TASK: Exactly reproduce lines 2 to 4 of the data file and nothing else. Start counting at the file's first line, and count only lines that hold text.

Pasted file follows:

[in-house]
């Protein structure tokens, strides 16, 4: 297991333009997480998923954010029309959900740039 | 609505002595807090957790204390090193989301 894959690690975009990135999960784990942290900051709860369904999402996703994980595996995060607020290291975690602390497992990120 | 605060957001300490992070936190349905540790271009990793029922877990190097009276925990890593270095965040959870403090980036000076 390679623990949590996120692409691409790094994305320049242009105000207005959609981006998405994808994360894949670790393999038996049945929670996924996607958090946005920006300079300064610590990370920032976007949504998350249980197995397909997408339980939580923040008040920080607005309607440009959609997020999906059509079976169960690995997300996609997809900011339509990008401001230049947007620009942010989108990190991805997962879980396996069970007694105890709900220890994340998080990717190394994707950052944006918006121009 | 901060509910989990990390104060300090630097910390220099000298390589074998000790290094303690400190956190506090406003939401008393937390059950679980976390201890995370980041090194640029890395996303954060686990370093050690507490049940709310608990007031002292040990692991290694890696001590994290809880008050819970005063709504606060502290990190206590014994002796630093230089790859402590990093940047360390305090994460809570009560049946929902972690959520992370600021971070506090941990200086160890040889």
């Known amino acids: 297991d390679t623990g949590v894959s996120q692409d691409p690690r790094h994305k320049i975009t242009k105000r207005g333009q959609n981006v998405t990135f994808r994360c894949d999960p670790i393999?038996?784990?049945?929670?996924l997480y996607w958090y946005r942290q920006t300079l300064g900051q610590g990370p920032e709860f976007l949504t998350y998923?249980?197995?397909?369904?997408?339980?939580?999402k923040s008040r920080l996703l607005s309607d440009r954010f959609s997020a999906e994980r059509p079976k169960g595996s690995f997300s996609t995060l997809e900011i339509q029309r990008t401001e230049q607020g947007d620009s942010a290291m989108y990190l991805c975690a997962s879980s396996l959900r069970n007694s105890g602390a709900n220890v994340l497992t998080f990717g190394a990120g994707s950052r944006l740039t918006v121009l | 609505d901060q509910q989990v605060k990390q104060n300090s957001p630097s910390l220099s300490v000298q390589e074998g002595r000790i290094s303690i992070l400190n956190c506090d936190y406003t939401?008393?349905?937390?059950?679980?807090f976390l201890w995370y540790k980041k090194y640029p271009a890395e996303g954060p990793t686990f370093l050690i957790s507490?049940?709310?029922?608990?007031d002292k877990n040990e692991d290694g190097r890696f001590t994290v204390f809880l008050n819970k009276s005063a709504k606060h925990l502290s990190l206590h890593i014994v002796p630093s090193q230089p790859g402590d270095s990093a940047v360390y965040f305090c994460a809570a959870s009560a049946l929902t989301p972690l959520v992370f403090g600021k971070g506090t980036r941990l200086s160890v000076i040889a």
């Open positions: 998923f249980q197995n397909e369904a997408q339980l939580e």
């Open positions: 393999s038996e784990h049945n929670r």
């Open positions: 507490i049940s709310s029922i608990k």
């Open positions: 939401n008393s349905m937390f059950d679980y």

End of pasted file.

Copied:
């Protein structure tokens, strides 16, 4: 297991333009997480998923954010029309959900740039 | 609505002595807090957790204390090193989301 894959690690975009990135999960784990942290900051709860369904999402996703994980595996995060607020290291975690602390497992990120 | 605060957001300490992070936190349905540790271009990793029922877990190097009276925990890593270095965040959870403090980036000076 390679623990949590996120692409691409790094994305320049242009105000207005959609981006998405994808994360894949670790393999038996049945929670996924996607958090946005920006300079300064610590990370920032976007949504998350249980197995397909997408339980939580923040008040920080607005309607440009959609997020999906059509079976169960690995997300996609997809900011339509990008401001230049947007620009942010989108990190991805997962879980396996069970007694105890709900220890994340998080990717190394994707950052944006918006121009 | 901060509910989990990390104060300090630097910390220099000298390589074998000790290094303690400190956190506090406003939401008393937390059950679980976390201890995370980041090194640029890395996303954060686990370093050690507490049940709310608990007031002292040990692991290694890696001590994290809880008050819970005063709504606060502290990190206590014994002796630093230089790859402590990093940047360390305090994460809570009560049946929902972690959520992370600021971070506090941990200086160890040889």
């Known amino acids: 297991d390679t623990g949590v894959s996120q692409d691409p690690r790094h994305k320049i975009t242009k105000r207005g333009q959609n981006v998405t990135f994808r994360c894949d999960p670790i393999?038996?784990?049945?929670?996924l997480y996607w958090y946005r942290q920006t300079l300064g900051q610590g990370p920032e709860f976007l949504t998350y998923?249980?197995?397909?369904?997408?339980?939580?999402k923040s008040r920080l996703l607005s309607d440009r954010f959609s997020a999906e994980r059509p079976k169960g595996s690995f997300s996609t995060l997809e900011i339509q029309r990008t401001e230049q607020g947007d620009s942010a290291m989108y990190l991805c975690a997962s879980s396996l959900r069970n007694s105890g602390a709900n220890v994340l497992t998080f990717g190394a990120g994707s950052r944006l740039t918006v121009l | 609505d901060q509910q989990v605060k990390q104060n300090s957001p630097s910390l220099s300490v000298q390589e074998g002595r000790i290094s303690i992070l400190n956190c506090d936190y406003t939401?008393?349905?937390?059950?679980?807090f976390l201890w995370y540790k980041k090194y640029p271009a890395e996303g954060p990793t686990f370093l050690i957790s507490?049940?709310?029922?608990?007031d002292k877990n040990e692991d290694g190097r890696f001590t994290v204390f809880l008050n819970k009276s005063a709504k606060h925990l502290s990190l206590h890593i014994v002796p630093s090193q230089p790859g402590d270095s990093a940047v360390y965040f305090c994460a809570a959870s009560a049946l929902t989301p972690l959520v992370f403090g600021k971070g506090t980036r941990l200086s160890v000076i040889a």
């Open positions: 998923f249980q197995n397909e369904a997408q339980l939580e």